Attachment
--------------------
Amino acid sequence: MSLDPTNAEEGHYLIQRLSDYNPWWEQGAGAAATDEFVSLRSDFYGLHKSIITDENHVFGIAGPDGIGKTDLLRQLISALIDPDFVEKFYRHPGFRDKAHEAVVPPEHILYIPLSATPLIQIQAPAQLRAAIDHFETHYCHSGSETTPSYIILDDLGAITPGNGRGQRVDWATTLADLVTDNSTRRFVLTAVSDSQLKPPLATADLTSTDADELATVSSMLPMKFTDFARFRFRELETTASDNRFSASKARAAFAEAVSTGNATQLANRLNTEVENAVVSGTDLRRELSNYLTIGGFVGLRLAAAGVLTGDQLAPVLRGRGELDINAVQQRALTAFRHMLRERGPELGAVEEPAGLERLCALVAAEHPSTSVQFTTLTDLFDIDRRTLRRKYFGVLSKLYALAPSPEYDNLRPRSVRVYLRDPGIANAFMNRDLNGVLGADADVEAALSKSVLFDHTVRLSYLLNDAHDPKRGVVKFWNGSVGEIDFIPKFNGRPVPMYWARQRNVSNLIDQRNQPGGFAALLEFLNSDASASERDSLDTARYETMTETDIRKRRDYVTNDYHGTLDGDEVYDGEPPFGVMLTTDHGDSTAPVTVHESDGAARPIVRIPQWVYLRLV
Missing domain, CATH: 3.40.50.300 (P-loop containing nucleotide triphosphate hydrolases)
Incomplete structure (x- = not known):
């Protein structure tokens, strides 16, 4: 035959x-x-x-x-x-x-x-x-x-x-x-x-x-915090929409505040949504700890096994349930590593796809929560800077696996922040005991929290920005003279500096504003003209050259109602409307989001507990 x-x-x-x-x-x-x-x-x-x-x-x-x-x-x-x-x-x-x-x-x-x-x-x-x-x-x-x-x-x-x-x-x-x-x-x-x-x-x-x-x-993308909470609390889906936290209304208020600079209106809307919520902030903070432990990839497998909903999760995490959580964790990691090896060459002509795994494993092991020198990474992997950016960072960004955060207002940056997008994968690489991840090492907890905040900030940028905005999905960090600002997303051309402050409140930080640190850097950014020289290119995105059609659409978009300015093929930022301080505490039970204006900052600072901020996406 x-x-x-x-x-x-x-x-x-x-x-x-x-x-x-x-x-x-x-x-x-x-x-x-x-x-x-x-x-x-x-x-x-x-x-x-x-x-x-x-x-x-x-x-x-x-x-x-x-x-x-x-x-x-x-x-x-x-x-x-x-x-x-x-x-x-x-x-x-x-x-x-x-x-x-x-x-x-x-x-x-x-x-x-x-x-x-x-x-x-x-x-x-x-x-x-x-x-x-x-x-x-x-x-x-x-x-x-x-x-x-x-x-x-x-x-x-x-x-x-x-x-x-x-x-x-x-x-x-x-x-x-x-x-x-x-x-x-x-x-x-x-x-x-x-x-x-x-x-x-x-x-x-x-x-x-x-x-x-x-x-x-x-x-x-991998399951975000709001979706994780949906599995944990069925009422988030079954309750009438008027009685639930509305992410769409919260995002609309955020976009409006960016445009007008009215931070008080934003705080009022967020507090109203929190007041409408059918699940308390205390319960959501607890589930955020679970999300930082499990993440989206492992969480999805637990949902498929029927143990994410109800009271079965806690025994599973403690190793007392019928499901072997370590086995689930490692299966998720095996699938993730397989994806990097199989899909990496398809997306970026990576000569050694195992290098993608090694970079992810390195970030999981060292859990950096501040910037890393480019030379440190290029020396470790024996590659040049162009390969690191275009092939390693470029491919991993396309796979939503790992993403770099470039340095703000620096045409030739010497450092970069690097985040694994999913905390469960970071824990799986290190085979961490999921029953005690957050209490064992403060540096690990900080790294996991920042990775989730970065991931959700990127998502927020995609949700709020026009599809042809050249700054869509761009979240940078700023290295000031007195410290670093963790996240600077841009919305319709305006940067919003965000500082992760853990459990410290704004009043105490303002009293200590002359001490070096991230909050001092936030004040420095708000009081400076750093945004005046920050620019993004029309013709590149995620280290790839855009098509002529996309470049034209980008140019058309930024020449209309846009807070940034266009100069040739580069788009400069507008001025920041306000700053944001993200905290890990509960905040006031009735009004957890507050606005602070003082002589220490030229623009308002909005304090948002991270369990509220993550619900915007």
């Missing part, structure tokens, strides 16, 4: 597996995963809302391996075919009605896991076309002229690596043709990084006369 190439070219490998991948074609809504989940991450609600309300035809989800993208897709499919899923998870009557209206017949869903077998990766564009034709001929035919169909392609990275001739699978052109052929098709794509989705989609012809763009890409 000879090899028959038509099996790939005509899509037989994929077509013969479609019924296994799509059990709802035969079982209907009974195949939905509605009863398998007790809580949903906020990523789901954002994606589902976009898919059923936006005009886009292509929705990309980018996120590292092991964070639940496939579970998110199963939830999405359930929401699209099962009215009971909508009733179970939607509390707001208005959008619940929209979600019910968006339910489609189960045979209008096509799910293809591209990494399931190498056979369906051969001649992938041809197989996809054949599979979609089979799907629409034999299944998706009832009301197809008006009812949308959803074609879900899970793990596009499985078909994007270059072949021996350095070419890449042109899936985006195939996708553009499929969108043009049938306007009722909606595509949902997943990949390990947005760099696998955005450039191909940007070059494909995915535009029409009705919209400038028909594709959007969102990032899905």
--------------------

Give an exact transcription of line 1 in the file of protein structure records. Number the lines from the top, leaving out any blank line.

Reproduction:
Amino acid sequence: MSLDPTNAEEGHYLIQRLSDYNPWWEQGAGAAATDEFVSLRSDFYGLHKSIITDENHVFGIAGPDGIGKTDLLRQLISALIDPDFVEKFYRHPGFRDKAHEAVVPPEHILYIPLSATPLIQIQAPAQLRAAIDHFETHYCHSGSETTPSYIILDDLGAITPGNGRGQRVDWATTLADLVTDNSTRRFVLTAVSDSQLKPPLATADLTSTDADELATVSSMLPMKFTDFARFRFRELETTASDNRFSASKARAAFAEAVSTGNATQLANRLNTEVENAVVSGTDLRRELSNYLTIGGFVGLRLAAAGVLTGDQLAPVLRGRGELDINAVQQRALTAFRHMLRERGPELGAVEEPAGLERLCALVAAEHPSTSVQFTTLTDLFDIDRRTLRRKYFGVLSKLYALAPSPEYDNLRPRSVRVYLRDPGIANAFMNRDLNGVLGADADVEAALSKSVLFDHTVRLSYLLNDAHDPKRGVVKFWNGSVGEIDFIPKFNGRPVPMYWARQRNVSNLIDQRNQPGGFAALLEFLNSDASASERDSLDTARYETMTETDIRKRRDYVTNDYHGTLDGDEVYDGEPPFGVMLTTDHGDSTAPVTVHESDGAARPIVRIPQWVYLRLV